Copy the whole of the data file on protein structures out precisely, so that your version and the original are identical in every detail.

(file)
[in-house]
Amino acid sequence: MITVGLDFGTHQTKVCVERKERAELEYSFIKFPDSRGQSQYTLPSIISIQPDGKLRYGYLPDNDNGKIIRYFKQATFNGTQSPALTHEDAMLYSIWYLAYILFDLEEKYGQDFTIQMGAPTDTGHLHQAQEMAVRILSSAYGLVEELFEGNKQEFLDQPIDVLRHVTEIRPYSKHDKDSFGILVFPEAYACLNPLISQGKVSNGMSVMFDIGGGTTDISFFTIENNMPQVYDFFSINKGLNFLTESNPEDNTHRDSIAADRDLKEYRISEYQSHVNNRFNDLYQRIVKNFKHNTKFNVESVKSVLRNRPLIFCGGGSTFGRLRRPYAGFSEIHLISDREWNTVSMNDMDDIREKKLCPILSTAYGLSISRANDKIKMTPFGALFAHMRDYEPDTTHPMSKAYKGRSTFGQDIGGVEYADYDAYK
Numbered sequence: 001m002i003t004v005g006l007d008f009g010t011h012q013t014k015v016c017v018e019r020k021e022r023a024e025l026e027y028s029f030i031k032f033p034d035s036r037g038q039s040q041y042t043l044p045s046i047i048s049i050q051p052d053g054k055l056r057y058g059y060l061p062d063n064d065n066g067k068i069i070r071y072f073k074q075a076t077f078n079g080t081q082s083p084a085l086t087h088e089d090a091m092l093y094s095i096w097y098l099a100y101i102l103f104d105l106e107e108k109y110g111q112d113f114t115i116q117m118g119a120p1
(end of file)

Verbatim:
[in-house]
Amino acid sequence: MITVGLDFGTHQTKVCVERKERAELEYSFIKFPDSRGQSQYTLPSIISIQPDGKLRYGYLPDNDNGKIIRYFKQATFNGTQSPALTHEDAMLYSIWYLAYILFDLEEKYGQDFTIQMGAPTDTGHLHQAQEMAVRILSSAYGLVEELFEGNKQEFLDQPIDVLRHVTEIRPYSKHDKDSFGILVFPEAYACLNPLISQGKVSNGMSVMFDIGGGTTDISFFTIENNMPQVYDFFSINKGLNFLTESNPEDNTHRDSIAADRDLKEYRISEYQSHVNNRFNDLYQRIVKNFKHNTKFNVESVKSVLRNRPLIFCGGGSTFGRLRRPYAGFSEIHLISDREWNTVSMNDMDDIREKKLCPILSTAYGLSISRANDKIKMTPFGALFAHMRDYEPDTTHPMSKAYKGRSTFGQDIGGVEYADYDAYK
Numbered sequence: 001m002i003t004v005g006l007d008f009g010t011h012q013t014k015v016c017v018e019r020k021e022r023a024e025l026e027y028s029f030i031k032f033p034d035s036r037g038q039s040q041y042t043l044p045s046i047i048s049i050q051p052d053g054k055l056r057y058g059y060l061p062d063n064d065n066g067k068i069i070r071y072f073k074q075a076t077f078n079g080t081q082s083p084a085l086t087h088e089d090a091m092l093y094s095i096w097y098l099a100y101i102l103f104d105l106e107e108k109y110g111q112d113f114t115i116q117m118g119a120p1